Tuesday, October 10, 2017

Economics - and Nobel Prizes - Aren't What They Used To Be

In 1946, with the world recovering from the devastation of a global war, Henry Hazlitt wrote Economics in One Lesson. It's become a classic of Austrian Economics.

There's a free PDF HERE, that would be a good place for the 98% (probably more) of the population that has either never even heard of Henry Hazlitt nor read any of his material.

Since then, the study and application of economics has taken a path which mirrors that of the value of the US dollar. In other words, it's taken a fairly precipitous decline.

So it is that this year's winner of the Nobel Prize for economics is one Richard Thaler, a pop psychologist masquerading as an intelligent person. Thaler's prize-winning contribution to the field stems from a 2015 book he had published, called Misbehaving. Thaler's enormous discovery was that people don't always react to economic conditions in the ways Keynesian economists expect.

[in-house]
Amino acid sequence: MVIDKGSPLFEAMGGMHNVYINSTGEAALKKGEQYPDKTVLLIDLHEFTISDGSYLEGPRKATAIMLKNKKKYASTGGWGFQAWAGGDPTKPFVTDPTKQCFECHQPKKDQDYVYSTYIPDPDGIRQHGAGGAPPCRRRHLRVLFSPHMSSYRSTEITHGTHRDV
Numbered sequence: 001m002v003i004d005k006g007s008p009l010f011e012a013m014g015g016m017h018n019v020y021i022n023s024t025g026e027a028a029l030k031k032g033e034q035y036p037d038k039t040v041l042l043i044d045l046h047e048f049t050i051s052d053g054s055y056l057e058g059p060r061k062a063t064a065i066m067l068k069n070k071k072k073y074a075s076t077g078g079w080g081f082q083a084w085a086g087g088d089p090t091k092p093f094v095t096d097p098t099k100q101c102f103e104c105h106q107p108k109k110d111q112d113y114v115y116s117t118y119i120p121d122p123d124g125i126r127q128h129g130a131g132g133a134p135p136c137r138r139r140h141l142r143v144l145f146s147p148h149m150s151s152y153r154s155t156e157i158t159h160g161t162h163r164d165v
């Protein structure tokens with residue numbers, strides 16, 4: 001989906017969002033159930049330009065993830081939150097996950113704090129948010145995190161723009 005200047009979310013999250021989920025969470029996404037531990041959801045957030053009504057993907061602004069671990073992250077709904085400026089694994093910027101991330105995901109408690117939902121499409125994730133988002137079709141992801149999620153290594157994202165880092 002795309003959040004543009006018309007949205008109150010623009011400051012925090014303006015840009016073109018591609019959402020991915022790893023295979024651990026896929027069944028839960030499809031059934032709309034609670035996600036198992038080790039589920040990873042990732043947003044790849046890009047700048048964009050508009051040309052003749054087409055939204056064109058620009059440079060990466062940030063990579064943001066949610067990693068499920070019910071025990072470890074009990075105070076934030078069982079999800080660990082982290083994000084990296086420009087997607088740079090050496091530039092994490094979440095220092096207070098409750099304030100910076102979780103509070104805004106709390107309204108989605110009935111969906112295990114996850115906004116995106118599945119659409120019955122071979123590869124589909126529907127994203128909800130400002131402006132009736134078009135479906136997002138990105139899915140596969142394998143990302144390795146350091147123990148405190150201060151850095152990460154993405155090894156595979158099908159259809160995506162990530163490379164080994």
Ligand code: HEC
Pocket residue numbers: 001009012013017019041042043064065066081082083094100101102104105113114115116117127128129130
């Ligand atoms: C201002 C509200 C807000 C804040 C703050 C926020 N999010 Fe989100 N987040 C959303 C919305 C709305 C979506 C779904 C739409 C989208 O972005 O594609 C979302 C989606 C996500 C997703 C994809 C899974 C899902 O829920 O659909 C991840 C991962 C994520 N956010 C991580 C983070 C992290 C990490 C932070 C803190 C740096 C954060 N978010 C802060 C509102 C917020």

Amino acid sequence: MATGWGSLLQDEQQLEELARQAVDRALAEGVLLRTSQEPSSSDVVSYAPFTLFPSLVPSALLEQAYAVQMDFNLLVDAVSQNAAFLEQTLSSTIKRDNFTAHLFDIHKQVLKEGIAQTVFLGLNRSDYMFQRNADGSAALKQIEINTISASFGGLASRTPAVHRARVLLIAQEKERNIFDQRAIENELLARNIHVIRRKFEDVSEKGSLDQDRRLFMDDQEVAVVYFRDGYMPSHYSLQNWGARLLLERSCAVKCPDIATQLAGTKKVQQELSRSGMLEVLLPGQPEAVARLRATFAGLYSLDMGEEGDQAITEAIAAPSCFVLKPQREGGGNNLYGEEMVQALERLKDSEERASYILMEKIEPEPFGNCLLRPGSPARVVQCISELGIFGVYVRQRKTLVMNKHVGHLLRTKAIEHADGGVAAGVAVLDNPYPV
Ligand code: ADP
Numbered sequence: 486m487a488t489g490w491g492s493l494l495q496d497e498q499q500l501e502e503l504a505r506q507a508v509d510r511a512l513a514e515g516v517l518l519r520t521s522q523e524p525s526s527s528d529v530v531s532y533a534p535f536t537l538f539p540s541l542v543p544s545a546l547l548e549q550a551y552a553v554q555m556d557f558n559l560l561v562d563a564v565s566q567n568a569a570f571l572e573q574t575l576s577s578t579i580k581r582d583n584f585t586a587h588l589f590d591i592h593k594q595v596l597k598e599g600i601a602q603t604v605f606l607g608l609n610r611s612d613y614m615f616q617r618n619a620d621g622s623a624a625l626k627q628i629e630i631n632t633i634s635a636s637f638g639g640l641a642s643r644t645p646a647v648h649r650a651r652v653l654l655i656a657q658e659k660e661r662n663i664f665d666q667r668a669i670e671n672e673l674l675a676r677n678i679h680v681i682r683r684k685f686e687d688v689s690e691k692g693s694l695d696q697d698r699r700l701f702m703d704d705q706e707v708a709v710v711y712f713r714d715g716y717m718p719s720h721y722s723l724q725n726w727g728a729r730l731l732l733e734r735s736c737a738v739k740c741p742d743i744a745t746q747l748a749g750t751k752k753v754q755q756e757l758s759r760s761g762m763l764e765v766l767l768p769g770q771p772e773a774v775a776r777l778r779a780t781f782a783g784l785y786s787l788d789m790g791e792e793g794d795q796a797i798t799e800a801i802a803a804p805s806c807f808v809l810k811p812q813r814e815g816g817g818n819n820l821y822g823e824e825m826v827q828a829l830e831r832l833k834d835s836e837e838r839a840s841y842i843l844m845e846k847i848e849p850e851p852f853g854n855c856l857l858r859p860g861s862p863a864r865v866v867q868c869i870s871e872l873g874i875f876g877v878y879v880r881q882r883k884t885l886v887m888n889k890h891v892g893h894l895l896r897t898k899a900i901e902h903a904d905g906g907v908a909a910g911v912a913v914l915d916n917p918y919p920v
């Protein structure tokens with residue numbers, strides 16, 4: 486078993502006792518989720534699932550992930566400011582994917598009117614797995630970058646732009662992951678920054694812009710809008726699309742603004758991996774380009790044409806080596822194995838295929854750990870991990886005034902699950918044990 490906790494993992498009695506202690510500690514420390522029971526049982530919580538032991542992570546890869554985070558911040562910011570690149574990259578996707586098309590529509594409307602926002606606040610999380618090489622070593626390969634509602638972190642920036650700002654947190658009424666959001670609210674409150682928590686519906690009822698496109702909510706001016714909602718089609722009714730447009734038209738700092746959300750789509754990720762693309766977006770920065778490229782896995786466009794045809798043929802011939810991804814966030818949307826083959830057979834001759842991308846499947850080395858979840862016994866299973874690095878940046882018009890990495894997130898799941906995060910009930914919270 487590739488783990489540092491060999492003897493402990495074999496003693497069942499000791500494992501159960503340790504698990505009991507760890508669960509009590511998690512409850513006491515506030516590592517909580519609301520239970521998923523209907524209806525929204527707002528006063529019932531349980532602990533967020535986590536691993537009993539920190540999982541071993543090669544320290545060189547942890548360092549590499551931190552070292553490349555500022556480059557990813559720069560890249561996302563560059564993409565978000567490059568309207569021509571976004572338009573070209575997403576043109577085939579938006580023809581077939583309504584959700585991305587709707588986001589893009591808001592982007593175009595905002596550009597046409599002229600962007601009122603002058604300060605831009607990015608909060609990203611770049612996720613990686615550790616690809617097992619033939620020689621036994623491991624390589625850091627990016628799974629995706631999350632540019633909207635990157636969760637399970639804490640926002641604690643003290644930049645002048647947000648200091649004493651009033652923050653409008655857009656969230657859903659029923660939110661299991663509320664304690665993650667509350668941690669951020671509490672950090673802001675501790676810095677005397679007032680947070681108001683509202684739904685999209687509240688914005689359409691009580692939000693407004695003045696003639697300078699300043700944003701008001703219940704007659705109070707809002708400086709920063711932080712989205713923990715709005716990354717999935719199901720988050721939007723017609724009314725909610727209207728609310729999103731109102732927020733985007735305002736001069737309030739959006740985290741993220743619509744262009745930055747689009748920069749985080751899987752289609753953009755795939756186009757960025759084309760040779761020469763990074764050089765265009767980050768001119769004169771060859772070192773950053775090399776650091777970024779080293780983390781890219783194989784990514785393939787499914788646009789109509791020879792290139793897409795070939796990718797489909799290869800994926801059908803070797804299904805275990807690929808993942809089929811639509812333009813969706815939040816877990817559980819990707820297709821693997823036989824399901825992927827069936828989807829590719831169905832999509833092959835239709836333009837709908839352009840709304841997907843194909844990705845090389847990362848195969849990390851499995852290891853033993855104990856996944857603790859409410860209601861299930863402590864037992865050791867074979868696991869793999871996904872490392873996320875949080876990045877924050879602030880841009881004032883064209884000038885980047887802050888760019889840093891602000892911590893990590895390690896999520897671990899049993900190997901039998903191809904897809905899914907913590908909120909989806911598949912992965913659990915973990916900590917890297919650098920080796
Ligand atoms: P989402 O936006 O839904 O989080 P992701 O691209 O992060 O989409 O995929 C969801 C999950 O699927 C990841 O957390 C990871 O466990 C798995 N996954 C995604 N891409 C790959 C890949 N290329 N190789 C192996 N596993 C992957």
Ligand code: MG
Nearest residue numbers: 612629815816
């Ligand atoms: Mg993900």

That revelation is so deep (sarcasm) that Thaler is being mocked in the comments section of an article in that bastion of higher learning, Yahoo! Finance.

It's not necessary to go into how insipid and uninspiring Thaler's work is. All that is necessary to understand the superficial nature of his "scholarship" is that he has been bestowed with the title of father of behavioral economics, whatever that's supposed to mean.

Now wonder central banks control the world. The rest of us are stupid.

At the Close, Monday, October 9, 2017:
Dow: 22,761.07, -12.60 (-0.06%)
NASDAQ: 6,579.73, -10.45 (-0.16%)
S&P 500: 2,544.73, -4.60 (-0.18%)
NYSE Composite: 12,293.95, -23.74 (-0.19%)

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